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Aug 02, 2017 at 06:17

From the other side of the fence, we have teachers share with us their most cherished moments of being in, what some would call a “thankless” profession. In the words of Yvonne Dhillon from Pragyan School, Greater Noida.

“But Ma’am how can you go? You have to teach my children” It was the last period and Amit had burst into my class with consternation written all over his face. Word had trickled down to Class X that I was leaving school. Over a period of two years, without realizing it, an appreciation had grown, starting with my reading out a great composition he had written to the class. The innocent expectation, that I would be around for so long, and the impact of what he said, left me dumbfounded and very humbled. I had returned after a year and we continued our journey. He was avid to learn and was a natural at dramatics and oration. He won many accolades for Dramatics, as he soaked in any instructions given and put in so much effort on his own. That was the key to his success. It is incidents like these which make teaching the most rewarding profession. We will always be in touch as I am with so many other students, down the years.

During the 1960s, teaching as a profession was considered the most respectable for girls to follow. On the insistence of my mother, I went through the motions of applying for and completing my Bachelor of Education training. I wasn’t really very interested in it at that time, knowing little how much I would come to enjoy it in the coming years. Teaching is something that grows on you. Initially, you go through the mechanical following of what was taught in theory, and discover, that there is a great difference in the practice.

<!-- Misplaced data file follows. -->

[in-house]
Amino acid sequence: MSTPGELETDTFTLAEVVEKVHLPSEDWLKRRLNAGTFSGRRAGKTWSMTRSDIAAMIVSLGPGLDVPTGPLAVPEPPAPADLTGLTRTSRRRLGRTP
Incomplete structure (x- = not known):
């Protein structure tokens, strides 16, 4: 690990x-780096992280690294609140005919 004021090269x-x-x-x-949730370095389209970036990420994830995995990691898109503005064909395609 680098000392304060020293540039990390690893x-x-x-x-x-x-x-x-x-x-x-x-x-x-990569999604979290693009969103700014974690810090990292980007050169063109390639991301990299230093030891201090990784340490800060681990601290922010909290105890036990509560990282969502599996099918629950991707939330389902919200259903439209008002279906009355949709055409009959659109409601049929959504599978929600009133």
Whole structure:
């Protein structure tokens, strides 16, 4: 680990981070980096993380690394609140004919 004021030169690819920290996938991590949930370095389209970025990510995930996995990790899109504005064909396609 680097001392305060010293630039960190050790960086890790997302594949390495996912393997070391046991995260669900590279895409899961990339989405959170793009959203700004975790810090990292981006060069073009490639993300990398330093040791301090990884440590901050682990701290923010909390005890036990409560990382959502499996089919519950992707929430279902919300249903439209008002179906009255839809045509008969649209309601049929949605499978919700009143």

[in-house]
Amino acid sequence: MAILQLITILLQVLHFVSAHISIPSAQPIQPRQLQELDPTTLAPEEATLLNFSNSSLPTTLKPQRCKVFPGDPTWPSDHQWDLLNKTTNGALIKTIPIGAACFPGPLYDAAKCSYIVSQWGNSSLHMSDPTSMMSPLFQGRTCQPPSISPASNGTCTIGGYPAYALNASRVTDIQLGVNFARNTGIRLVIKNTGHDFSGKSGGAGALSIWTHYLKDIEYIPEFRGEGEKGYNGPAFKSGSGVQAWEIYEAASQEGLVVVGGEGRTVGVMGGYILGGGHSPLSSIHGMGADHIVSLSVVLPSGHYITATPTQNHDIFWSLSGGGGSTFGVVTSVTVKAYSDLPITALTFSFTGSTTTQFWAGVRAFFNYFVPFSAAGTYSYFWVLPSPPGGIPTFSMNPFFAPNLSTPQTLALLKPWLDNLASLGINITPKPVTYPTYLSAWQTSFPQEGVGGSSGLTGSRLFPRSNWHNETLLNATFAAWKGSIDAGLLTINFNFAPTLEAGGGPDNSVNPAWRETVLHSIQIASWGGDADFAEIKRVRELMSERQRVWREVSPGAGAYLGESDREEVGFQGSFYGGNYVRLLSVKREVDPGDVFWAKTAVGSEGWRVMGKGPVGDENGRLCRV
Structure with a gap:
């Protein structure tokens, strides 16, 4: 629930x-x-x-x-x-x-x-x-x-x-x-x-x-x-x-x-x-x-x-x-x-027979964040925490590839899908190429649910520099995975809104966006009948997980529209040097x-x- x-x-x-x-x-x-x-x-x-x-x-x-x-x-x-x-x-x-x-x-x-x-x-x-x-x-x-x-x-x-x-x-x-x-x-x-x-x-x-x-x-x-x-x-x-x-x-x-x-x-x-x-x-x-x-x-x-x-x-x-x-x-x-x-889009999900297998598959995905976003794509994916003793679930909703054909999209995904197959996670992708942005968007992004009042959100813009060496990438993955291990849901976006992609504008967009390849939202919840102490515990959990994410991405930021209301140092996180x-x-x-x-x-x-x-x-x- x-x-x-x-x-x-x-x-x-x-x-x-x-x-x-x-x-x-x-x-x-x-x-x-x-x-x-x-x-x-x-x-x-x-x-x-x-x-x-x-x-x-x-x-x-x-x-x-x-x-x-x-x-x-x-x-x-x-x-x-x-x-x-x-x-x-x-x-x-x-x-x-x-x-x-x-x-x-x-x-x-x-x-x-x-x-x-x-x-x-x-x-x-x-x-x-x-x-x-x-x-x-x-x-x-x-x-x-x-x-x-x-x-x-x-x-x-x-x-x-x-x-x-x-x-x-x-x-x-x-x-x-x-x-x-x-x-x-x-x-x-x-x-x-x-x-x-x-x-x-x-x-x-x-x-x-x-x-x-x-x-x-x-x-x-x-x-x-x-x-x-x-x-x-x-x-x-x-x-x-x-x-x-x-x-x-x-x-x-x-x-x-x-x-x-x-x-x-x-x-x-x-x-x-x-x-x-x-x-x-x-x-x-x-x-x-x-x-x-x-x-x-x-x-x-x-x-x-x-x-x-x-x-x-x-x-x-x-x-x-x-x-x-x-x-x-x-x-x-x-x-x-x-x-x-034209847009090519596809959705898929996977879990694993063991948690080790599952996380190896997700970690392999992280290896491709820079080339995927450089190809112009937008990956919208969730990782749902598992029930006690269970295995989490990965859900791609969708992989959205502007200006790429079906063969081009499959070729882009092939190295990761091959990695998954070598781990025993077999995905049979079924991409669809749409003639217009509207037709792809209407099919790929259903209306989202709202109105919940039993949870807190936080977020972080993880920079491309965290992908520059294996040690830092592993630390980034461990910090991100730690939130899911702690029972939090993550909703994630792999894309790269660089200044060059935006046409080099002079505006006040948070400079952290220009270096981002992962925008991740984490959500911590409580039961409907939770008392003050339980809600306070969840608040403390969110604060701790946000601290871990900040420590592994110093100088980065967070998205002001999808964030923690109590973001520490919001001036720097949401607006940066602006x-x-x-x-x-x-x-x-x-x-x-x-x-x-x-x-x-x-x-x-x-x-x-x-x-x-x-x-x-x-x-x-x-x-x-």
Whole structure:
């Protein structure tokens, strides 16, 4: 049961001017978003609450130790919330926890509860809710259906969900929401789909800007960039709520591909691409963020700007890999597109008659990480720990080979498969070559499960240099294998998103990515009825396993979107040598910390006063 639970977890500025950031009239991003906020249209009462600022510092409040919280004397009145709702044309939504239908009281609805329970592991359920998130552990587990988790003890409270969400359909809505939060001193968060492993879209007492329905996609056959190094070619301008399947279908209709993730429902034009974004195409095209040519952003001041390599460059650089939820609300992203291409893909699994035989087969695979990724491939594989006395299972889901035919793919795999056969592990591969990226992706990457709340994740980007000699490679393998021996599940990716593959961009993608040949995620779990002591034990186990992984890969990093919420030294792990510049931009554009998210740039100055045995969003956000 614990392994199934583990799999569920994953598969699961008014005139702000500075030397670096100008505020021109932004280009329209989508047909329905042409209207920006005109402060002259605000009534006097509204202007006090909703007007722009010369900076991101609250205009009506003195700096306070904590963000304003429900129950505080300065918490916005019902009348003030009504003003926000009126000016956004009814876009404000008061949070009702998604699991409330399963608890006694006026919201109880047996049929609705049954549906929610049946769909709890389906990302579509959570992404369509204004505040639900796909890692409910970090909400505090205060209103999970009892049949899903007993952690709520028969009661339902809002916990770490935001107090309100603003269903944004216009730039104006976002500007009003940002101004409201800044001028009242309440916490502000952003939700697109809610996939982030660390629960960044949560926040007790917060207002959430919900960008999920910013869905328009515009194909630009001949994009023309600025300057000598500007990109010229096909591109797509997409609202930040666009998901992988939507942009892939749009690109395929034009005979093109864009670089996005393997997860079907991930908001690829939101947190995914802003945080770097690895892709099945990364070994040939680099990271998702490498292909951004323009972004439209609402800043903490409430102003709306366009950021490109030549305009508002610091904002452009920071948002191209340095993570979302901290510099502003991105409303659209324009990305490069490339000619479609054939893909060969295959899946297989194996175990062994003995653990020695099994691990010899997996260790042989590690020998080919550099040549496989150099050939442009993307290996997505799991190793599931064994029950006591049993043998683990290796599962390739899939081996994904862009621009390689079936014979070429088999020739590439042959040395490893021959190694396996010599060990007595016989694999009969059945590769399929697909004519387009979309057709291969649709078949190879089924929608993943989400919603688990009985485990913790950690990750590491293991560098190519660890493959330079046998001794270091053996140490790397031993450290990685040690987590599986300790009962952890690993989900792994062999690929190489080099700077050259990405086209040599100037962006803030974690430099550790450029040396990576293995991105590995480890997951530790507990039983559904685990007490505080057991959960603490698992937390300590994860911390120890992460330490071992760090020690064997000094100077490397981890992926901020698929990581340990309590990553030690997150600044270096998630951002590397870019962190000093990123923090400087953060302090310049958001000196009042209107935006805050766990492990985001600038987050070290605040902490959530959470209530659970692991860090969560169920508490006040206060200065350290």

Gradually, you find yourself involved with the children in your classes and realise each reacts according to their unique situation. This makes it all the more interesting. Over the years, I came to a frightening conclusion that I am the decisive element in the classroom. It’s my personal approach that creates the climate. As a teacher, I possessed a tremendous power to make a child’s life miserable or joyous. I can humiliate or heal. A student is like a closed bud, who opens up when understanding dawns.

We never know which life we influence, or when, or why. Children notice and imbibe attitudes, habits, a way of life from their teachers. When students take up English Honours because of the love of the subject taught in school, down to the way how I would wear a sari! It comes as a shock, that as a teacher I am a role model. Most of us look back with appreciation, to the brilliant teachers, but with gratitude to those who touched our human feelings. The curriculum is a much necessary raw material, but warmth is the vital element for the growing plant, and for the soul of the child.

The thing I loved the most – and still do about teaching – is that you can connect with an individual or a group, and see that individual or group exceed their limits. Learning is an ongoing process and I feel that I keep adding to my knowledge as we go along. It keeps me alive and young at heart. There are very exciting options in professions for young people looking for careers. One must choose one in which you would be happy, where the daily drudge does not seem exactly like ‘work’. I feel happy and fulfilled in this profession.

Mrs. Yvonne Dhillon

Senior Teacher
Pragyan School
Greater Noida